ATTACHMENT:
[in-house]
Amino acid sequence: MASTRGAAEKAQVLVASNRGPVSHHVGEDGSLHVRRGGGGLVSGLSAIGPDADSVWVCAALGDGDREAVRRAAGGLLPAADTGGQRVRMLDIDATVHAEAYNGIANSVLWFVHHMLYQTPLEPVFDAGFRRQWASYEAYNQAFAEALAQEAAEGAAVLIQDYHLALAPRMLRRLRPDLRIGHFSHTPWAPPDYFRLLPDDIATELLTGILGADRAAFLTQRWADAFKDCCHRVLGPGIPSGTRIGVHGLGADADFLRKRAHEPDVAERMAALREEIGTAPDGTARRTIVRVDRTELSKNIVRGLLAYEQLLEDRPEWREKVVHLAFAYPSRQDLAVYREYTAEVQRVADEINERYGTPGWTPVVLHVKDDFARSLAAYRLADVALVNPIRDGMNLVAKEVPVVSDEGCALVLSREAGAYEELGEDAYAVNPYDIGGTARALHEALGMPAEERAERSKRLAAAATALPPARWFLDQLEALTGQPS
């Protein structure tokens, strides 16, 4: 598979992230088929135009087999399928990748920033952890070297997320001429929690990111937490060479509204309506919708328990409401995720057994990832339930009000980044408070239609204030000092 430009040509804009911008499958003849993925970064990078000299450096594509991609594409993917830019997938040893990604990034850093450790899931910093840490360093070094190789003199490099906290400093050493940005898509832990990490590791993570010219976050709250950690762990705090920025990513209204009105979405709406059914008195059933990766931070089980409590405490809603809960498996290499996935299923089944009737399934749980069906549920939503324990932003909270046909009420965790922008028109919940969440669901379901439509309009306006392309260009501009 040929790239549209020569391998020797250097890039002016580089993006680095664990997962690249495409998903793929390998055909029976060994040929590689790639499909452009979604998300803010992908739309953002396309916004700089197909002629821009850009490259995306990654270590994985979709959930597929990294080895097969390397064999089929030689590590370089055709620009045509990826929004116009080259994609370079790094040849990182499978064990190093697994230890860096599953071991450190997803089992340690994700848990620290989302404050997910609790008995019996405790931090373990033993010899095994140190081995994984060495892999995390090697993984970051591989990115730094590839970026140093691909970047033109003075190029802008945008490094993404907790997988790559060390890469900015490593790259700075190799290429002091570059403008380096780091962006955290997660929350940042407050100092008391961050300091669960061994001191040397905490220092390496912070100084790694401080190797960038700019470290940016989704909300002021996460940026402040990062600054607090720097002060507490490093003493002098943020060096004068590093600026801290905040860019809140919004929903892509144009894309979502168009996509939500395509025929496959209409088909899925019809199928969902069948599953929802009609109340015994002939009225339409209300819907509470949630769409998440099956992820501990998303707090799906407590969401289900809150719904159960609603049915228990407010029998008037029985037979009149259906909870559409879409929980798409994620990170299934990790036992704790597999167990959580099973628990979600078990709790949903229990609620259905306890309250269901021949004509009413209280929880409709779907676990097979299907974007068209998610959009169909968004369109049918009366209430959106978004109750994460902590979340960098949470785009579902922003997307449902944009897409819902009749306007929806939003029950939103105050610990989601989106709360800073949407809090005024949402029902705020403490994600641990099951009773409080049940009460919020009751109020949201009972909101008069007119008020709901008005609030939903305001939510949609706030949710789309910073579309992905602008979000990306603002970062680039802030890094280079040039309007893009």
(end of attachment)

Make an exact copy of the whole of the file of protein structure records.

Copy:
[in-house]
Amino acid sequence: MASTRGAAEKAQVLVASNRGPVSHHVGEDGSLHVRRGGGGLVSGLSAIGPDADSVWVCAALGDGDREAVRRAAGGLLPAADTGGQRVRMLDIDATVHAEAYNGIANSVLWFVHHMLYQTPLEPVFDAGFRRQWASYEAYNQAFAEALAQEAAEGAAVLIQDYHLALAPRMLRRLRPDLRIGHFSHTPWAPPDYFRLLPDDIATELLTGILGADRAAFLTQRWADAFKDCCHRVLGPGIPSGTRIGVHGLGADADFLRKRAHEPDVAERMAALREEIGTAPDGTARRTIVRVDRTELSKNIVRGLLAYEQLLEDRPEWREKVVHLAFAYPSRQDLAVYREYTAEVQRVADEINERYGTPGWTPVVLHVKDDFARSLAAYRLADVALVNPIRDGMNLVAKEVPVVSDEGCALVLSREAGAYEELGEDAYAVNPYDIGGTARALHEALGMPAEERAERSKRLAAAATALPPARWFLDQLEALTGQPS
């Protein structure tokens, strides 16, 4: 598979992230088929135009087999399928990748920033952890070297997320001429929690990111937490060479509204309506919708328990409401995720057994990832339930009000980044408070239609204030000092 430009040509804009911008499958003849993925970064990078000299450096594509991609594409993917830019997938040893990604990034850093450790899931910093840490360093070094190789003199490099906290400093050493940005898509832990990490590791993570010219976050709250950690762990705090920025990513209204009105979405709406059914008195059933990766931070089980409590405490809603809960498996290499996935299923089944009737399934749980069906549920939503324990932003909270046909009420965790922008028109919940969440669901379901439509309009306006392309260009501009 040929790239549209020569391998020797250097890039002016580089993006680095664990997962690249495409998903793929390998055909029976060994040929590689790639499909452009979604998300803010992908739309953002396309916004700089197909002629821009850009490259995306990654270590994985979709959930597929990294080895097969390397064999089929030689590590370089055709620009045509990826929004116009080259994609370079790094040849990182499978064990190093697994230890860096599953071991450190997803089992340690994700848990620290989302404050997910609790008995019996405790931090373990033993010899095994140190081995994984060495892999995390090697993984970051591989990115730094590839970026140093691909970047033109003075190029802008945008490094993404907790997988790559060390890469900015490593790259700075190799290429002091570059403008380096780091962006955290997660929350940042407050100092008391961050300091669960061994001191040397905490220092390496912070100084790694401080190797960038700019470290940016989704909300002021996460940026402040990062600054607090720097002060507490490093003493002098943020060096004068590093600026801290905040860019809140919004929903892509144009894309979502168009996509939500395509025929496959209409088909899925019809199928969902069948599953929802009609109340015994002939009225339409209300819907509470949630769409998440099956992820501990998303707090799906407590969401289900809150719904159960609603049915228990407010029998008037029985037979009149259906909870559409879409929980798409994620990170299934990790036992704790597999167990959580099973628990979600078990709790949903229990609620259905306890309250269901021949004509009413209280929880409709779907676990097979299907974007068209998610959009169909968004369109049918009366209430959106978004109750994460902590979340960098949470785009579902922003997307449902944009897409819902009749306007929806939003029950939103105050610990989601989106709360800073949407809090005024949402029902705020403490994600641990099951009773409080049940009460919020009751109020949201009972909101008069007119008020709901008005609030939903305001939510949609706030949710789309910073579309992905602008979000990306603002970062680039802030890094280079040039309007893009």